Tuesday, September 4, 2012

Proverbs 25:20 What can I say?

20 Like one who takes away a garment on a cold day,
    or like vinegar poured on a wound,
    is one who sings songs to a heavy heart.

I'll never forget the time that I was with a group of grieving family members who had experienced their loss within the last twenty-four hours, and hearing one of the extended family chirping cheerfully about how many times they'd experienced the same thing, and how everyone should just "buck up." 
That floored me.
Even Job's friends, who are criticized for their lack of understanding, waited with Job for seven days before they opened their mouths! (Check it out for yourself: Job 2:11-13)
In Romans, Paul gives advice that goes right along with Solomon's words:
Rejoice with those who rejoice, and weep with those who weep.  Romans 12:15
When you are suffering, and mourning, it seems there is a huge weight on top of you. In your mind, you know that "this too shall pass" and that if that person was a Christian, you will see them again. But your heart is heavy, because you loved and enjoyed that person's company -- and you can't experience that pleasure for a while now, till heaven.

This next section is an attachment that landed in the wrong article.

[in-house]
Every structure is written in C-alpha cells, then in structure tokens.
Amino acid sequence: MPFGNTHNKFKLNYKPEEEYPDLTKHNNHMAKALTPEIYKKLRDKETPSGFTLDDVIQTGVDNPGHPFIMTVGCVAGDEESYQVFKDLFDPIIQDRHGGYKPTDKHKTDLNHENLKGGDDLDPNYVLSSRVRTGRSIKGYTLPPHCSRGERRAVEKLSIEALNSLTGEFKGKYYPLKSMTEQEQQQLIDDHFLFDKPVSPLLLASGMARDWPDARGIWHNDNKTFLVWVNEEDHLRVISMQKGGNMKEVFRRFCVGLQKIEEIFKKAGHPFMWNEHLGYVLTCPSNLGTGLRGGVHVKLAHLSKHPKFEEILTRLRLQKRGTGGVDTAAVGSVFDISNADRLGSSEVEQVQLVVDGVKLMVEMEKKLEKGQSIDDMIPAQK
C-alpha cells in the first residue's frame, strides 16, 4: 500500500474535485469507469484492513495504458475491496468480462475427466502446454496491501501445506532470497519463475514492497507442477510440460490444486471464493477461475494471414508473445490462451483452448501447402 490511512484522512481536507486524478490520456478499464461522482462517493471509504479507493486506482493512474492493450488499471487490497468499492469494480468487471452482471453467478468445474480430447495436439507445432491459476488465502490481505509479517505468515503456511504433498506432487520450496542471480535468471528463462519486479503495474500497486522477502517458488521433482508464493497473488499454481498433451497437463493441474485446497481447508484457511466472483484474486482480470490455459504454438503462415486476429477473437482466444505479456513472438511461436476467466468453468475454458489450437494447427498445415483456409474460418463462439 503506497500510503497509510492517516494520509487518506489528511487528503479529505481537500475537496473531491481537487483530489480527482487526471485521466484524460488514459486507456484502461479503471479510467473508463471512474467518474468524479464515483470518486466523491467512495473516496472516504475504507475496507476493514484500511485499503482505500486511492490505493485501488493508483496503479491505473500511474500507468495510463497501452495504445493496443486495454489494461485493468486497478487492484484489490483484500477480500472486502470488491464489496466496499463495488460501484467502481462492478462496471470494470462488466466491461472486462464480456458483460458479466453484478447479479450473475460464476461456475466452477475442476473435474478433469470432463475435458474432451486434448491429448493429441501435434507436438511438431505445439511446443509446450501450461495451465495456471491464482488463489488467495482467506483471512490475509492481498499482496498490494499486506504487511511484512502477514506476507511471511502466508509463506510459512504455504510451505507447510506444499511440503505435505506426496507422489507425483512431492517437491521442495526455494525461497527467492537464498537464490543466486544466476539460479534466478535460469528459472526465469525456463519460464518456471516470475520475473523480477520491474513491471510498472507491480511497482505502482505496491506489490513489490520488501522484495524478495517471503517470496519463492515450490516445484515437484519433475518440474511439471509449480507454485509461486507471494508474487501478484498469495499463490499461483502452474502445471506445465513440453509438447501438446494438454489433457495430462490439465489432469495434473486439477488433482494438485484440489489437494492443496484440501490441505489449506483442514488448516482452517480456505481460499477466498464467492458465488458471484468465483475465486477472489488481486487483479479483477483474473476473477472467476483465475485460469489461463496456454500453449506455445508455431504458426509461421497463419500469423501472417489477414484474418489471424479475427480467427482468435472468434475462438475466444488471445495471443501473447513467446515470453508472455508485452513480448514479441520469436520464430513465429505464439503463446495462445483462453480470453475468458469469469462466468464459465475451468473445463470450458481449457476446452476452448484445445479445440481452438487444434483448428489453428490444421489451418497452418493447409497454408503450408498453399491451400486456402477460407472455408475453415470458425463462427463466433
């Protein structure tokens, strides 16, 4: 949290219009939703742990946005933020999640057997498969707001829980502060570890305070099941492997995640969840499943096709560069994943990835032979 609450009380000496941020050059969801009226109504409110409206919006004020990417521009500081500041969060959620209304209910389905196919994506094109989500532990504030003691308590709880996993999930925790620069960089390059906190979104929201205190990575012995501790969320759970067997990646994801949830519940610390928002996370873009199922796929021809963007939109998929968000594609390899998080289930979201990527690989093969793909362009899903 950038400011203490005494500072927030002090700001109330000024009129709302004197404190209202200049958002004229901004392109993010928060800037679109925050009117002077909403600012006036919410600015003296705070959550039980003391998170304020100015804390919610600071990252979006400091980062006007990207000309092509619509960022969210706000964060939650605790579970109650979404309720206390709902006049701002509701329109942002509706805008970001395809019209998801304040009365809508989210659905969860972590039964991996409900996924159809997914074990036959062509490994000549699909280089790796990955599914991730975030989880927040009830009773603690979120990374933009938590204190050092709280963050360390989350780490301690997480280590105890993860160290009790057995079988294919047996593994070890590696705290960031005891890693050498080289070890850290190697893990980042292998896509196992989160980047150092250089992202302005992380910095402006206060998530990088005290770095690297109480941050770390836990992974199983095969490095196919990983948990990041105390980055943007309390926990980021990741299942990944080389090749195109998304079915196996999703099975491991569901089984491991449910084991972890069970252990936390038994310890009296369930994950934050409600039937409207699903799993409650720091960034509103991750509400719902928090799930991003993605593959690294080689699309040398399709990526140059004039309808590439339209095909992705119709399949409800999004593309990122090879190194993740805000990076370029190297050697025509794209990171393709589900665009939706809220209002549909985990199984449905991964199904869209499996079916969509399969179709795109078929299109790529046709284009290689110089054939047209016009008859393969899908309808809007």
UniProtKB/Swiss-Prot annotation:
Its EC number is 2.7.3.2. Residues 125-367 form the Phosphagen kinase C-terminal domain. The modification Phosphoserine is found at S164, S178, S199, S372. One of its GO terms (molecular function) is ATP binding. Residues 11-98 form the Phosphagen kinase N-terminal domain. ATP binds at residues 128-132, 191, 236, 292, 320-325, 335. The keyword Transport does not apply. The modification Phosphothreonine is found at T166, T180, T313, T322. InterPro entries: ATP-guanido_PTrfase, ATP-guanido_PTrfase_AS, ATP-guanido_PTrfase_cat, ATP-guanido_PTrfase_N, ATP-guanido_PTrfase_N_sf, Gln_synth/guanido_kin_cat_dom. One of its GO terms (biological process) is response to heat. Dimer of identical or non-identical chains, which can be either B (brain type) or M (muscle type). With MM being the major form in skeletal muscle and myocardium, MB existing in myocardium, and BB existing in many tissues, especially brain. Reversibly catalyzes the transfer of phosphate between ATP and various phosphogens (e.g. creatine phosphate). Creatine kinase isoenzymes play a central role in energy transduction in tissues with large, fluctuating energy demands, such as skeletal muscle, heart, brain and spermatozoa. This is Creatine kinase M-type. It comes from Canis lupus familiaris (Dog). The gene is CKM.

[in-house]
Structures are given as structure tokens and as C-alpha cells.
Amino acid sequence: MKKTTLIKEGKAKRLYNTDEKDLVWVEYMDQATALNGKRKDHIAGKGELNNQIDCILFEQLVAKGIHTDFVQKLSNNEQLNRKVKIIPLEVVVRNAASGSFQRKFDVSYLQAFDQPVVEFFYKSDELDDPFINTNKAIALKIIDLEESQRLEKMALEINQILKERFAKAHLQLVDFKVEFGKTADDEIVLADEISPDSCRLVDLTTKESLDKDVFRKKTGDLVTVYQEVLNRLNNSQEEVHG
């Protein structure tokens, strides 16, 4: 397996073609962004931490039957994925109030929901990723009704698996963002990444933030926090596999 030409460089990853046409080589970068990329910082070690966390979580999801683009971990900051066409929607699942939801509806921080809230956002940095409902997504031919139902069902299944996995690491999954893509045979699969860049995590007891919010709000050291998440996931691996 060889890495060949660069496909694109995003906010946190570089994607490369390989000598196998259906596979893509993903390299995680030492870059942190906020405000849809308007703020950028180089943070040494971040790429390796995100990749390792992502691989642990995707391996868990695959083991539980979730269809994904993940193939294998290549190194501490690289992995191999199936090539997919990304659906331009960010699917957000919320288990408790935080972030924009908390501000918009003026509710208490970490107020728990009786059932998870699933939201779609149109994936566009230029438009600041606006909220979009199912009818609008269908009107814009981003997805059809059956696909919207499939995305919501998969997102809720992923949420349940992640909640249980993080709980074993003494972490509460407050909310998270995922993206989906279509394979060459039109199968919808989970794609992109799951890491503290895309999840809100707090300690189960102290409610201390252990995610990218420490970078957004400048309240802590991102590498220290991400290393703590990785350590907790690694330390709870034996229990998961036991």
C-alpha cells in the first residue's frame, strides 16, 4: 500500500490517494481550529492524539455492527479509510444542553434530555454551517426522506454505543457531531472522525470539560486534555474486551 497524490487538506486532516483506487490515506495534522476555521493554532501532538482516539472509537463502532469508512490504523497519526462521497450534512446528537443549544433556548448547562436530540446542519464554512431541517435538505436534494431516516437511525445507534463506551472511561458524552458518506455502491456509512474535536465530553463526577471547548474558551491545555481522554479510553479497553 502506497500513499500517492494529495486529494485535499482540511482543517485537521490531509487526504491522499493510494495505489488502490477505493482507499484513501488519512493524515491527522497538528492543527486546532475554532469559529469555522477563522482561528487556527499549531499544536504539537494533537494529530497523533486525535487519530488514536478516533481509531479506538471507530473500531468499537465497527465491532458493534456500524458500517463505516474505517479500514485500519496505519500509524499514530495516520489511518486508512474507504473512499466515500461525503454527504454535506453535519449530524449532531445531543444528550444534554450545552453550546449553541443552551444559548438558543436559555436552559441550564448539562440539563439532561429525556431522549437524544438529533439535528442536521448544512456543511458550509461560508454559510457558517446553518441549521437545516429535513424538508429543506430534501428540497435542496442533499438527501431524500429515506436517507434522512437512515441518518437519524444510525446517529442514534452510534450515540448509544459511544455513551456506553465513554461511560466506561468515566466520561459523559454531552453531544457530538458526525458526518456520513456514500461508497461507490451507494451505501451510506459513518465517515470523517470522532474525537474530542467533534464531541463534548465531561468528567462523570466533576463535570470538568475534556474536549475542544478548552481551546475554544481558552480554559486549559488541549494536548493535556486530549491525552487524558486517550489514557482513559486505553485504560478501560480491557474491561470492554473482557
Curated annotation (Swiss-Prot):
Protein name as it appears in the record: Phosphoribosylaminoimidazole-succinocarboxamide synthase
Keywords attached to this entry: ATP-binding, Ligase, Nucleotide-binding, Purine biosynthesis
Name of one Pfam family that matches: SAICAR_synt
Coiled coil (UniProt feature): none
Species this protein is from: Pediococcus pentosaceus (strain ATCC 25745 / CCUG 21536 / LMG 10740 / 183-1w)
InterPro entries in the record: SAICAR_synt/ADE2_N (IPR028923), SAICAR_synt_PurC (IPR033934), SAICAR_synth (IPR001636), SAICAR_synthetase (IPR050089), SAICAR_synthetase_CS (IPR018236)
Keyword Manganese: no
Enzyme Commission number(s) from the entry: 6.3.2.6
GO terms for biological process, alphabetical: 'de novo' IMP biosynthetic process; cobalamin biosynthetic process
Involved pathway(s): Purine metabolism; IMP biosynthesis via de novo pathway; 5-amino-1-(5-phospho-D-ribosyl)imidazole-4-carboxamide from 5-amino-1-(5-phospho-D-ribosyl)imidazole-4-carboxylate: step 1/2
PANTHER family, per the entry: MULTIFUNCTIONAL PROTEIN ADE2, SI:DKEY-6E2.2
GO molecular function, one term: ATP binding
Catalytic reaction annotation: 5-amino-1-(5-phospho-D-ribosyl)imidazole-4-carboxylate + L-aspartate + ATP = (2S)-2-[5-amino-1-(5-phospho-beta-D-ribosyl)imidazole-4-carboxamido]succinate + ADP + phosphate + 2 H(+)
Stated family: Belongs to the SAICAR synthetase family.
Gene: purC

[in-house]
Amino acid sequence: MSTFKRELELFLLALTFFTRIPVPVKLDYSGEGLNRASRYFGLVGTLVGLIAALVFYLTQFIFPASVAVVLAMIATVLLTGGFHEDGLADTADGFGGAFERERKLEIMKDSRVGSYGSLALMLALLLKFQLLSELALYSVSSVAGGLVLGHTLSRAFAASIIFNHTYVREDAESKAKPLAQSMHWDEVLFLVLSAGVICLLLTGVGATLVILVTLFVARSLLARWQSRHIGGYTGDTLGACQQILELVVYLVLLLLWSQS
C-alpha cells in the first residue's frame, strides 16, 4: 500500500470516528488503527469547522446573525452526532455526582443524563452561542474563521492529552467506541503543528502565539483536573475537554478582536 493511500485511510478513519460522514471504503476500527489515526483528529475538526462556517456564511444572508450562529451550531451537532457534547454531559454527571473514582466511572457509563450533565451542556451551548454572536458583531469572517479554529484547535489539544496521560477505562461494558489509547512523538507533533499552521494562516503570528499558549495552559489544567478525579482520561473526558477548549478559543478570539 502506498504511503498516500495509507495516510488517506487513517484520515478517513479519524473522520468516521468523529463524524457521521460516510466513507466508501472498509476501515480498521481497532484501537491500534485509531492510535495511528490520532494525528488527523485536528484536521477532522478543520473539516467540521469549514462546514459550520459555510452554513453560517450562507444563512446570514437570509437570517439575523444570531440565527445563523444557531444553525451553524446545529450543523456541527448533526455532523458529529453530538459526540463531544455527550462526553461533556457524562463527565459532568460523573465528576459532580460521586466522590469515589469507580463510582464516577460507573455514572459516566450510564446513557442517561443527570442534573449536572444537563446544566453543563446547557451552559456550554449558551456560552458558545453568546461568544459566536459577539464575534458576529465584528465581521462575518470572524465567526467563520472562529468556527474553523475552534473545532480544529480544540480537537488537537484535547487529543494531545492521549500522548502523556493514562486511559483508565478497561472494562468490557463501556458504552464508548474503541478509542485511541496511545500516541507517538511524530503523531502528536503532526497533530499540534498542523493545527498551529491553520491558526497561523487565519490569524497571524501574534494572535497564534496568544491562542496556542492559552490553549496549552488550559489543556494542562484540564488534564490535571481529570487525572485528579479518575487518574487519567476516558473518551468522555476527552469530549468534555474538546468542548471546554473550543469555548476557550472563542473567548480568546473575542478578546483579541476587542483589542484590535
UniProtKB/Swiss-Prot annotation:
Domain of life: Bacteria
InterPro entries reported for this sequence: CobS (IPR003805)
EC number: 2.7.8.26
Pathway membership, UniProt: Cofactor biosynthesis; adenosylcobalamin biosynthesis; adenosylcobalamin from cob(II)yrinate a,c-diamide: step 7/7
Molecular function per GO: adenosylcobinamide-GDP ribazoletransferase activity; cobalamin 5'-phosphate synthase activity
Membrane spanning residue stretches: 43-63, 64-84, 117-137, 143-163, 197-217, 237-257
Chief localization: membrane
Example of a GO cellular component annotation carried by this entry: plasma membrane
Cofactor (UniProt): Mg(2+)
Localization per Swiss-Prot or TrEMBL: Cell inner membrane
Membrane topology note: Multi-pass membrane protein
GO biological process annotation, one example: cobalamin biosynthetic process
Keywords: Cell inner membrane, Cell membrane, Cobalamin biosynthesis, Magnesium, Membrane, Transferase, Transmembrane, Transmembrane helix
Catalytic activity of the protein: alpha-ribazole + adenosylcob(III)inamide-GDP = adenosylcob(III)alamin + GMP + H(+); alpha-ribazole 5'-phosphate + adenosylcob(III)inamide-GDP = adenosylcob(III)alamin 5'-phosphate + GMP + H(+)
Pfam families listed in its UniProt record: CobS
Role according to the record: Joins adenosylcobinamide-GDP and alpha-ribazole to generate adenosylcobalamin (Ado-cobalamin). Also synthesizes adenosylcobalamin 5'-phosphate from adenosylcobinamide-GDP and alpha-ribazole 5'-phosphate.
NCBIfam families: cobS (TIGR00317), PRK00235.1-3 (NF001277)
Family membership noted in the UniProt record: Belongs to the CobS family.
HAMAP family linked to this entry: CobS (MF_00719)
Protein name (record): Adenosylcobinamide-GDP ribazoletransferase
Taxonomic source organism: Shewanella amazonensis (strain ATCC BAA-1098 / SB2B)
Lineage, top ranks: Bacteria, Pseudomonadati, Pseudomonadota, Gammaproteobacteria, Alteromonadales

You are not yet ready to hear that "at least they are not in pain" or "they are in a better place" or that some good will come out of the situation.
And most of the time, the person who says, "I know just how you feel" really doesn't. Some do, of course, but too many mouth the words and don't really know.

Now, those are the negatives; let's look at what we can and should do:
As Christians, we need to be sensitive to the sufferings of others. The absolute best thing that we can do for a friend who is in grief is just . . . be there. Show your support by your quiet presence. Don't try to make things better, and don't, don't make light of that person's suffering. Sorrow and grief are complex processes that people have to go through --- it doesn't make them any less a Christian if they mourn and cry. Even though the pain they feel may never go completely away, it will change. It just takes time.
The time for talking will come. Comfort quietly first, and pray for them, that His peace will enfold them.

1 comment:

Belinda said...

This is such a good lesson Snoodles!! I know I've never liked hearing all those platitudes. Just being there with a person who is grieving helps. Just doing what needs done for them without being asked, or without asking is a huge help to someone in this situation.

I hope I'm never the person who spouts out little uplifting things because I don't know what else to say. Sometimes "silence is golden" isn't it?